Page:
|Publication number||US4984292 A|
|Application number||US 07/250,071|
|Publication date||Jan 8, 1991|
|Filing date||Sep 28, 1988|
|Priority date||Sep 28, 1988|
|Also published as||CA1295373C, WO1992005632A1|
|Publication number||07250071, 250071, US 4984292 A, US 4984292A, US-A-4984292, US4984292 A, US4984292A|
|Inventors||Ted I. Millen|
|Original Assignee||Correpro (Canada) Inc.|
|Export Citation||BiBTeX, EndNote, RefMan|
|Patent Citations (8), Referenced by (25), Classifications (13), Legal Events (8)|
|External Links: USPTO, USPTO Assignment, Espacenet|
This invention relates to a new and improved active bandpass filter and, in particular, the application thereof in a receiver and signalling system.
Current practice in bandpass active filters uses the "POLE and ZERO" mathematical concept to design a multistage filter. In these cases, the practical individual stage gain is limited to approximately five times and the "Q" of the stage is normally limited to about 25. Information on prior art active filters can be found in the book "Active Filters" by Don Lancaster, Howard W. Sams, Division of Macmillan Inc.
The use of a bridged "T" network as a bandpass elimination filter or notch filter is well known. This network is able to eliminate a particular frequency, and circuits of this type are described in "Reference Data for Radio Engineers" by ITT.
According to the present invention, it has been found that this bridged "T" network can advantageously be combined with a single stage operational amplifier. By placing the network in the negative feedback path of the amplifier, one would expect that at the notch frequency or bandpass frequency the negative feedback would disappear and the full gain of the amplifier would produce a bandpass amplifier at the notch frequency. It has been found that the bridged "T" network in conjunction with the circuit capacities and phase shifts in the integrated circuits introduces a phase shift and thus the feedback, instead of being negative, becomes positive and the amplifier turns into an oscillator. This problem is overcome in the present invention by the addition of a capacitor to correct the phase shift introduced by the bridged "T" network which then allows the circuit to function for its intended purpose. Among other advantages, the gain of the amplifier is several orders of magnitude higher than conventional circuits with corresponding high "Q" equivalent.
According to an aspect of the invention, a further capacitor is combined in the circuit which allows further increases in the gain. This additional capacitor is preferrably adjustable and to a limited extent counteracts the addition of the first capacitor, but only to a controlled extent which allows the amplifier to remain stable. Thus, this additional capacitor significantly increases the gain of the single stage operational amplifier.
Preferred embodiments of the invention are shown in the drawings, wherein:
FIG. 1 is a schematic of the bandpass amplifier;
FIG. 2 is a modified bandpass amplifier with controlled regenerative gain;
FIG. 3 is a block diagram of a receiver in association with a surface signal generator;
FIG. 4 shows the receiver in combination with a large diameter air loop antenna;
FIG. 5 illustrates the transfer characteristics of the bridged "T" netork; and
FIG. 6 is a phase diagram.
The bandpass amplifier generally shown as 1 comprises a single stage operational amplifier 2 in combination with a bridged "T" network generally shown in the dotted box labelled 6. A phase shift correcting capacitor 4 is placed in parallel with the bridged "T" network band elimination filter 6. The bridged "T" network band elimination filter 6 is placed in the negative feedback path of the single stage operational amplifier 2 and this network and associated circuit capacities and operational amplifier phase shift introduce an overall loop phase shift which renders the amplifier unstable at or near the bandpass frequency.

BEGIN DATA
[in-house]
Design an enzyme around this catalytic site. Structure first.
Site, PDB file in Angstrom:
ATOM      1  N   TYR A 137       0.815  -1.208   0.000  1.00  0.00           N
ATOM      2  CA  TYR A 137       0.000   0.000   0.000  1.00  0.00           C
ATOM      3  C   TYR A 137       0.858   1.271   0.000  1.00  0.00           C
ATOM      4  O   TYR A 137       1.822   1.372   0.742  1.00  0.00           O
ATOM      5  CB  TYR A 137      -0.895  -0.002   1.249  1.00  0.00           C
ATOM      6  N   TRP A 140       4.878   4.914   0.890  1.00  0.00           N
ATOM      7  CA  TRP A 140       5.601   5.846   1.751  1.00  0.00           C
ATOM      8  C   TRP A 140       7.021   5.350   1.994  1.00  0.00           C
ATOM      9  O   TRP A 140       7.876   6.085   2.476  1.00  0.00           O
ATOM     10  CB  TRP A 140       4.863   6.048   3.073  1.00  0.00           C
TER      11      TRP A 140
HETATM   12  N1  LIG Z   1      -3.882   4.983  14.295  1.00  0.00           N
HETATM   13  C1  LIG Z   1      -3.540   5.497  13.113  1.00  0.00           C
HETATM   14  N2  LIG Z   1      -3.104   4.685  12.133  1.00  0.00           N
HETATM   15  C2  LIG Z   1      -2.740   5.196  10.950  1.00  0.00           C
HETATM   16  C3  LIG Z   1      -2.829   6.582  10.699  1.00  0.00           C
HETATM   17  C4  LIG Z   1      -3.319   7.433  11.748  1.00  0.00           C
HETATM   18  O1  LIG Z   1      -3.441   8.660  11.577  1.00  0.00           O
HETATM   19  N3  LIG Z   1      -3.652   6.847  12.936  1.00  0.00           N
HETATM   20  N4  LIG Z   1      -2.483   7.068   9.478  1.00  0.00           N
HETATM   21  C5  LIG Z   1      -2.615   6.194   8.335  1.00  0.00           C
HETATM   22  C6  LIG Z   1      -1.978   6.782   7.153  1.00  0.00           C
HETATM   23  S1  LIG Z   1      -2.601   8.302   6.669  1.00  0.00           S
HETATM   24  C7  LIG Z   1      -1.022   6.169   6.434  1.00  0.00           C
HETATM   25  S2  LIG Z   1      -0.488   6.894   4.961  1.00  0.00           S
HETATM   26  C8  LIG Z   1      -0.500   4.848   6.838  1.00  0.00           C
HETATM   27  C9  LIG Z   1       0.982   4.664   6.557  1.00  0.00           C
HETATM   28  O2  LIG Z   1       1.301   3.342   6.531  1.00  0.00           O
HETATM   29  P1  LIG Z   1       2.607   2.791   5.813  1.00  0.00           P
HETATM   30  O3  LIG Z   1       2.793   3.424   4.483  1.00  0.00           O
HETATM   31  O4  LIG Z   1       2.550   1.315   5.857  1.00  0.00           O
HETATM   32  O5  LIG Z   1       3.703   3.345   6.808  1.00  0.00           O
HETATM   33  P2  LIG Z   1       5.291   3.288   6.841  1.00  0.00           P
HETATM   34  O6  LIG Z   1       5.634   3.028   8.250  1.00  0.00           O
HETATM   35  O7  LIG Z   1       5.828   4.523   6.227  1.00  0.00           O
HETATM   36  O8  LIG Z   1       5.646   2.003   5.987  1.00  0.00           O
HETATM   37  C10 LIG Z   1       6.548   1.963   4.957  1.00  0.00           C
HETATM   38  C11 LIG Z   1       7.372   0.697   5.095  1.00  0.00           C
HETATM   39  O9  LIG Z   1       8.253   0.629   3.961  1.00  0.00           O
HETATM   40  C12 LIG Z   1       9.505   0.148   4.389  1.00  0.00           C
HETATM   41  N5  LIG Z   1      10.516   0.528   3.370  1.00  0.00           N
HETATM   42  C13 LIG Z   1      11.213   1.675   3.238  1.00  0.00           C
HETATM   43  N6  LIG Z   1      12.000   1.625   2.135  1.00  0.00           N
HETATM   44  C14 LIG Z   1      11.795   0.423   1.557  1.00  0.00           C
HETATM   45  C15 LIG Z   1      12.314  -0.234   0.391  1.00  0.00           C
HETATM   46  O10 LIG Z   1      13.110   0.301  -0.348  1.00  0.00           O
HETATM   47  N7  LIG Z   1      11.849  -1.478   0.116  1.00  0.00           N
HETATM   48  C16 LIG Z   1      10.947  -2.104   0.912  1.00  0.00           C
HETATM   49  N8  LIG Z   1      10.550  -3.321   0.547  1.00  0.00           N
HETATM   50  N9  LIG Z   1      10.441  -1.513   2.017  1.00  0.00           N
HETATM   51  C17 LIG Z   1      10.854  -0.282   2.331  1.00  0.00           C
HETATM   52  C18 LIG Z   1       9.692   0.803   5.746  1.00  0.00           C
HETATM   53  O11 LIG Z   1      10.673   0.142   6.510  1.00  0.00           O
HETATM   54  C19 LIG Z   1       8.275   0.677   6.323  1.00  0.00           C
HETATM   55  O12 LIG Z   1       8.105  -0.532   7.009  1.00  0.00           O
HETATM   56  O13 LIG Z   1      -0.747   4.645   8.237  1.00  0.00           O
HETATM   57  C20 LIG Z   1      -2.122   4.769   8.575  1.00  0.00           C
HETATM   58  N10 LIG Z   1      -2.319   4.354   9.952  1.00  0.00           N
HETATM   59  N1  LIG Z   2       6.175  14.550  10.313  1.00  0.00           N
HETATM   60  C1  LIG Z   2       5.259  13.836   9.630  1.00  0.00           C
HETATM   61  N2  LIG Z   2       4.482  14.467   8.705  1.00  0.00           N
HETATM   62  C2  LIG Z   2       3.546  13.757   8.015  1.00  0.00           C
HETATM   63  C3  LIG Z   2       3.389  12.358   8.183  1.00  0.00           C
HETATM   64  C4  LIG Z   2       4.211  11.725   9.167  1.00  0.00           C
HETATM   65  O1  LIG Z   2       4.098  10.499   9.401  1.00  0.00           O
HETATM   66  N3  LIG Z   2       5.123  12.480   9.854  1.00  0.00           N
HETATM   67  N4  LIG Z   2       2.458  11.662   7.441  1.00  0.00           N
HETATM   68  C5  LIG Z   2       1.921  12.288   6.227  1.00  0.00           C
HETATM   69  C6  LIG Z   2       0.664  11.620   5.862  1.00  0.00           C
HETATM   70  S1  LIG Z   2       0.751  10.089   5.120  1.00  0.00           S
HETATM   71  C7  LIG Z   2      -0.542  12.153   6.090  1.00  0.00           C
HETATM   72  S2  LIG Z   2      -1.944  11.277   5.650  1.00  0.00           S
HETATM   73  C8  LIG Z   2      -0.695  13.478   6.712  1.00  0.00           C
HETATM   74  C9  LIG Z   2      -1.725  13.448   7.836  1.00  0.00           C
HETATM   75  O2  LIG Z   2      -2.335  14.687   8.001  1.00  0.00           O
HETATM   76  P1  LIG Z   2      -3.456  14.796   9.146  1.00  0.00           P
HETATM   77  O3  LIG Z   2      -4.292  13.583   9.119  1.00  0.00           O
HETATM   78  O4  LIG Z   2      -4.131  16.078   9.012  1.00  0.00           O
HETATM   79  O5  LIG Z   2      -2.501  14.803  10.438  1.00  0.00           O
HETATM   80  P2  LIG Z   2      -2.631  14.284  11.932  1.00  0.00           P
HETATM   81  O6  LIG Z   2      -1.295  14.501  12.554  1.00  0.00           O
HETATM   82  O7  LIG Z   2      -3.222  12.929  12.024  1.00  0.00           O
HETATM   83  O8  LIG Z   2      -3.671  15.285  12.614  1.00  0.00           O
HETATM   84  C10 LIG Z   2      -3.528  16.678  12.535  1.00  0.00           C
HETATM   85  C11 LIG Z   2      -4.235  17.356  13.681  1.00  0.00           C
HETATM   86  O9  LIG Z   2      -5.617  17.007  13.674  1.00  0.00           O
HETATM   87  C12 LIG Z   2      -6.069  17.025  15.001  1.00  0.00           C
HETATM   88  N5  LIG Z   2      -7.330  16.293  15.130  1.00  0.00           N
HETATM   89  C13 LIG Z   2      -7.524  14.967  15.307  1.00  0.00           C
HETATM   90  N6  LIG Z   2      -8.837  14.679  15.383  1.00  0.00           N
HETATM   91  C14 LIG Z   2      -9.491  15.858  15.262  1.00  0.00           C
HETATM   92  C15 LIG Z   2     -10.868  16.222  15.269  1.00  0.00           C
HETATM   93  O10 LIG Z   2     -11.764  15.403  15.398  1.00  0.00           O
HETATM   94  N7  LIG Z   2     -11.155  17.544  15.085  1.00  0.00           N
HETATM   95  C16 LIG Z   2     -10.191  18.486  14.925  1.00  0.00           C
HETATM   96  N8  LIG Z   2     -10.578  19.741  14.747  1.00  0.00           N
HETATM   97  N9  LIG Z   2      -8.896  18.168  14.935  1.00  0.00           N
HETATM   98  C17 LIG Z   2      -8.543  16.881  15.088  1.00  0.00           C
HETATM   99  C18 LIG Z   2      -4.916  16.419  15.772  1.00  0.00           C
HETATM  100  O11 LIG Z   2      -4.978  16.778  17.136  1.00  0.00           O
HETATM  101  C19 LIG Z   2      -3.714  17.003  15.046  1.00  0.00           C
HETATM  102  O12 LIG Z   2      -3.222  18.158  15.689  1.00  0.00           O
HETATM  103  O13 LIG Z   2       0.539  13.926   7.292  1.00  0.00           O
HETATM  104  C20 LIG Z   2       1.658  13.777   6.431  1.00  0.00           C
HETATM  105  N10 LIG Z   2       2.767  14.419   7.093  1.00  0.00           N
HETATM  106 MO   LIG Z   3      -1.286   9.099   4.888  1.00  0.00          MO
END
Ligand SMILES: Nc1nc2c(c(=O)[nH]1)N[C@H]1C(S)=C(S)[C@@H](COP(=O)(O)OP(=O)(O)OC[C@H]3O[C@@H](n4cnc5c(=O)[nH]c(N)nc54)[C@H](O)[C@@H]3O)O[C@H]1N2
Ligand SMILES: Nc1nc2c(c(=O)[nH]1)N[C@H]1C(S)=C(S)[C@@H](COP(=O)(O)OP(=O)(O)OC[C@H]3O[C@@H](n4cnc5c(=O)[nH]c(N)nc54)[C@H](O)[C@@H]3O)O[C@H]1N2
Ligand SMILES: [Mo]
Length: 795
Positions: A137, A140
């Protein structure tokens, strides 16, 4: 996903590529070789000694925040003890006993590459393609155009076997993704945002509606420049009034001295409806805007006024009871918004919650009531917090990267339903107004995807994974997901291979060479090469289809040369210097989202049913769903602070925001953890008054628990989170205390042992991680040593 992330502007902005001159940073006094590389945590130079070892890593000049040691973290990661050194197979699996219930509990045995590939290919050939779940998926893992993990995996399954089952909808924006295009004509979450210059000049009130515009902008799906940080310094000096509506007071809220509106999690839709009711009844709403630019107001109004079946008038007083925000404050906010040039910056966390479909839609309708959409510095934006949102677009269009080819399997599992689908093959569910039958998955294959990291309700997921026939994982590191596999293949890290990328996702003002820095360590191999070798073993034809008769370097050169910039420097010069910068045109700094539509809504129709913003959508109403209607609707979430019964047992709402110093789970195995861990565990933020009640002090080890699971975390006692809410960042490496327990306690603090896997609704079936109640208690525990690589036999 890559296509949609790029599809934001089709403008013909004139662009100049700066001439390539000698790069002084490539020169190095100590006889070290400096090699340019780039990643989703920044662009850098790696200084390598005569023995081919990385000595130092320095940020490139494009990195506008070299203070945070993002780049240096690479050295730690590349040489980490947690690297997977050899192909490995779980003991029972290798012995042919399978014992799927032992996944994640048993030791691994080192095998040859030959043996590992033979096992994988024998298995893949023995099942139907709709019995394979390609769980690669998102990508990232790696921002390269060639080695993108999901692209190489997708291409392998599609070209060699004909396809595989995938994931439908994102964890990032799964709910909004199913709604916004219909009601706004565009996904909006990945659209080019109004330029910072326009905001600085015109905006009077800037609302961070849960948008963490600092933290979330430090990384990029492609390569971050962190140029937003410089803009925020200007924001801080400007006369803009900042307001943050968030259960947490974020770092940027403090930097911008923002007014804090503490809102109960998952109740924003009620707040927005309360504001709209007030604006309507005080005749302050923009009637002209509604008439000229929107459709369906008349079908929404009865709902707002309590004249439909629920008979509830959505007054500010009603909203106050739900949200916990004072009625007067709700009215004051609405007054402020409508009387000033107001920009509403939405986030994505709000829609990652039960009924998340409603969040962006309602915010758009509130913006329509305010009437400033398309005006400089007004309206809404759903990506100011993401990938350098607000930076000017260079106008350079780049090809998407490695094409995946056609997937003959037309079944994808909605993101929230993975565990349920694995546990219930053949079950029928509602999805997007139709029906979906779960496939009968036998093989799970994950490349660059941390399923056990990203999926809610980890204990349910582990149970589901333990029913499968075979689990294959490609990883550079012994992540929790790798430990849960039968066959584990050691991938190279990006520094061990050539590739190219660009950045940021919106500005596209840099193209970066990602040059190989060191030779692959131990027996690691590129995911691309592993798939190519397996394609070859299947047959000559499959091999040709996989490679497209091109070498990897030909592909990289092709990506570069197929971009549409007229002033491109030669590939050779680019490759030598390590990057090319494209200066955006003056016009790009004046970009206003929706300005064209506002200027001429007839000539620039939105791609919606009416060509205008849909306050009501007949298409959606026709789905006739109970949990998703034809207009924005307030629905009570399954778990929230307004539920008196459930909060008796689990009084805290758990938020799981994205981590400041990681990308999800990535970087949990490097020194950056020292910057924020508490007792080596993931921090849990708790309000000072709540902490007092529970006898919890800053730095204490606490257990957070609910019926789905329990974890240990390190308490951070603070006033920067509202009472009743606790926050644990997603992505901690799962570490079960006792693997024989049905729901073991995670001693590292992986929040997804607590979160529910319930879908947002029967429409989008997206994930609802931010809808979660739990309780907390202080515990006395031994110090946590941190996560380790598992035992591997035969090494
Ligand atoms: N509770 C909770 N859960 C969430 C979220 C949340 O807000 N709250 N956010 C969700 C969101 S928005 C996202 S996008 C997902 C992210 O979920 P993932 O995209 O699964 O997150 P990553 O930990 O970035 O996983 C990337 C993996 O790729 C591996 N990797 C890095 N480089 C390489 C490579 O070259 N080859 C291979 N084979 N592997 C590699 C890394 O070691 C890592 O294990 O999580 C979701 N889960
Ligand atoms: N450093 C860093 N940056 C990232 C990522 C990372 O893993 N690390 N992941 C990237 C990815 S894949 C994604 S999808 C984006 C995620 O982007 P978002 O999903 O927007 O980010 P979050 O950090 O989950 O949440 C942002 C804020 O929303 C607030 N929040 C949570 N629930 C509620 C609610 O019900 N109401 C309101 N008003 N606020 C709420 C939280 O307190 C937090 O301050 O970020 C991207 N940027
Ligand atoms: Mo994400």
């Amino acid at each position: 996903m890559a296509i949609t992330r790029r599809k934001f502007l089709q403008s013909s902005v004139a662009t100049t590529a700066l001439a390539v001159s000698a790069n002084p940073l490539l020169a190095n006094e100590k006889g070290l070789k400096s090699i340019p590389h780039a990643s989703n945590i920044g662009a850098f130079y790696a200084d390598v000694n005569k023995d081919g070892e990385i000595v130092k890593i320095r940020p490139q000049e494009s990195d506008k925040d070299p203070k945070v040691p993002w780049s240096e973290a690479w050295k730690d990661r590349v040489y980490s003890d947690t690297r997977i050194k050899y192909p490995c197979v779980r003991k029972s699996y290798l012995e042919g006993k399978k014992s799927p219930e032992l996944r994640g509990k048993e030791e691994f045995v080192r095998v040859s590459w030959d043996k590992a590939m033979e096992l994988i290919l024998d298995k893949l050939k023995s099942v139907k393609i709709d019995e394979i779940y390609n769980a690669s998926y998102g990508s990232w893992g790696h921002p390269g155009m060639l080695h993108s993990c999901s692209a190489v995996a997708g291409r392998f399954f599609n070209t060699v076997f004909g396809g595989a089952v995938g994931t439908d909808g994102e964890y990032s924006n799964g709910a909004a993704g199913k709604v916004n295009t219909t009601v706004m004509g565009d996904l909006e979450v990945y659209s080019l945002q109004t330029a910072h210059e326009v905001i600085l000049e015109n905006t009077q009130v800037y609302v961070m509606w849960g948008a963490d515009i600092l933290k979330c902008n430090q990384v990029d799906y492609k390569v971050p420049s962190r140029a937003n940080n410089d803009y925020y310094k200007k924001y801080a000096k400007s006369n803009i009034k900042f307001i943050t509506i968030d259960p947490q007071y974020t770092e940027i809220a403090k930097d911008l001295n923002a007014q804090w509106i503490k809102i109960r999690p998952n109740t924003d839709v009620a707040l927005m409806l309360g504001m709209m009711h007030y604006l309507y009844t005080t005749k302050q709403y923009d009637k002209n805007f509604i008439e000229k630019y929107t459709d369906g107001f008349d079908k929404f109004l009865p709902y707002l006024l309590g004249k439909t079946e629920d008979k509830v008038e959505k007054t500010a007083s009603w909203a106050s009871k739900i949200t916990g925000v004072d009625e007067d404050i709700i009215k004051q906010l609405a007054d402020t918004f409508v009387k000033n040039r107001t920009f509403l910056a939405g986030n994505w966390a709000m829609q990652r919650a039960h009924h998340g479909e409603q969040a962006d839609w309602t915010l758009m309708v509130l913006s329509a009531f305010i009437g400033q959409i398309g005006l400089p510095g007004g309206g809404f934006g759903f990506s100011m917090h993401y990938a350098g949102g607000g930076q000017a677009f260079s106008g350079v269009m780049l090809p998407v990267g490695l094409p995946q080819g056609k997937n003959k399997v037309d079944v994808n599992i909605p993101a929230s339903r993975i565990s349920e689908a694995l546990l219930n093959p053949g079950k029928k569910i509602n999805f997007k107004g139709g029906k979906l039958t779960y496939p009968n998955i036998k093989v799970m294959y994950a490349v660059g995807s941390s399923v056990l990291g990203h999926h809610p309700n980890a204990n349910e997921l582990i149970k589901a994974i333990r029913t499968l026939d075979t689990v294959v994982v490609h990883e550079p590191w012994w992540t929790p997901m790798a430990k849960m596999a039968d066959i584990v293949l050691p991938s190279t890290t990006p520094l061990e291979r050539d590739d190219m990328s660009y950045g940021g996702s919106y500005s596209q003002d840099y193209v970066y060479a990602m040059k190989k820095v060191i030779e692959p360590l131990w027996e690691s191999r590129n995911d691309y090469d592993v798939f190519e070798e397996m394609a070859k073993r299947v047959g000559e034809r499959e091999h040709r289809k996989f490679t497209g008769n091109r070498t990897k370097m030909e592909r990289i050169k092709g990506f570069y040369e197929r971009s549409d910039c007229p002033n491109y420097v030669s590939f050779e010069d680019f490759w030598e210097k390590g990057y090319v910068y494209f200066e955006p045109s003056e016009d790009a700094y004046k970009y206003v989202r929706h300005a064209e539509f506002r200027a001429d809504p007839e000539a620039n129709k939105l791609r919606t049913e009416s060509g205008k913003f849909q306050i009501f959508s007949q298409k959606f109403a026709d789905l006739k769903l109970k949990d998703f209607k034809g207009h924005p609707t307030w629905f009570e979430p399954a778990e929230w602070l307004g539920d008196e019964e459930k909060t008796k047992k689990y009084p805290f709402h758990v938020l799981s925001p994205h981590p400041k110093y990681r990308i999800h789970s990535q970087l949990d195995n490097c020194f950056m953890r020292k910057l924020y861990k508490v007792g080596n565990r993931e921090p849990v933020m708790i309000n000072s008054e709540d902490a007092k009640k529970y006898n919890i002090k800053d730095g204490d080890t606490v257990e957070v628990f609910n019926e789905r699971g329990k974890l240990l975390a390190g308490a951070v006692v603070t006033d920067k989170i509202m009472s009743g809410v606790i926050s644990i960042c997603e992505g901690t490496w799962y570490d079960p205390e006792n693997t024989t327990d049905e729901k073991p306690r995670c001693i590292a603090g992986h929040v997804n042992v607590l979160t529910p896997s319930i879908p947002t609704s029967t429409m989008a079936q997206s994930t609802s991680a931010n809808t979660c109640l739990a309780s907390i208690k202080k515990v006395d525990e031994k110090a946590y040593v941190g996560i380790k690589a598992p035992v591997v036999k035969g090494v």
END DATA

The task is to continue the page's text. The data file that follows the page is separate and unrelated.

By selecting the appropriate correcting capacitor 4, the amplifier can be rendered stable at the bandpass frequency and thus, the circuit operates in the desired manner. An increase in the gain can be achieved by using the additional capacitor 8, which partially counteracts in a controlled manner the effect of the correcting capacitor to produce a regenerative gain. Obviously the value of the additional capacitor 8 is selected in accordance with the correcting capacitor 4 to assure that the amplifier remains stable.
The bridged "T" network band elimination filter includes two resistors shown as R2, two capacitors shown as C1 and a further resistor R1 and capacitor C2. With R2 equal to 16.5K and C1 equals 0.015 uF with R2 equalling two R1 and C2 equalling two C1 the frequency is determined by the formula F=1/(2π C1 R2) which, in this case, results in a frequency of 643 Hz. Obviously the values can be selected to determine the particular frequency desired. The gain of this particular amplifier is several hundred times and by the appropriate selection of the correcting capacitor 4 and the additional capacitor 8, a gain of several thousand times is possible. This is in contrast to conventional bandpass filters which use the "POLE and ZERO" mathematical concept in a multistage filter where the individual stage gain is limited to about five times and the "Q" of the stage is normally limited to about 25.
In FIG. 2 a slightly modified version of the bandpass amplifier is shown where, in addition to the additional capacitor 8, a field effect transistor 10 or other suitable transistor is introduced for controlling the effect of the additional capacitor C8. This allows gain control as the effective capacitance of the additional capacitor 8 can be varied by adjusting the field effect transistor to produce a controlled regenerative gain.
The above circuit arrangements have practical advantages in that the series resistors of the network also provide the direct current path to stabilize the amplifier at D.C., the biasing resistors also provide the network termination as well as the direct current return for the D.C. feedback. The positive input biasing resistors can be of high value, thus making the circuit easy to drive. This is in contrast to conventional circuits which are often difficult to drive due to low impedance.
The present circuit uses a single power supply, however a dual power supply could be used, in which case single resistors are returned to neutral providing the same network termination as well as the direct current return for D.C. feedback.
The amplifier has many applications in selective amplifier use where high gain, high "Q", stable operation and low current drain are important. The performance of this amplifier is comparable with a multistage filter using prior current practice.
In some cases, it has been necessary to add a small capacitor to the compensation pins of the operational amplifier to reduce its internal band width in order to eliminate very high frequency parasitic oscillations.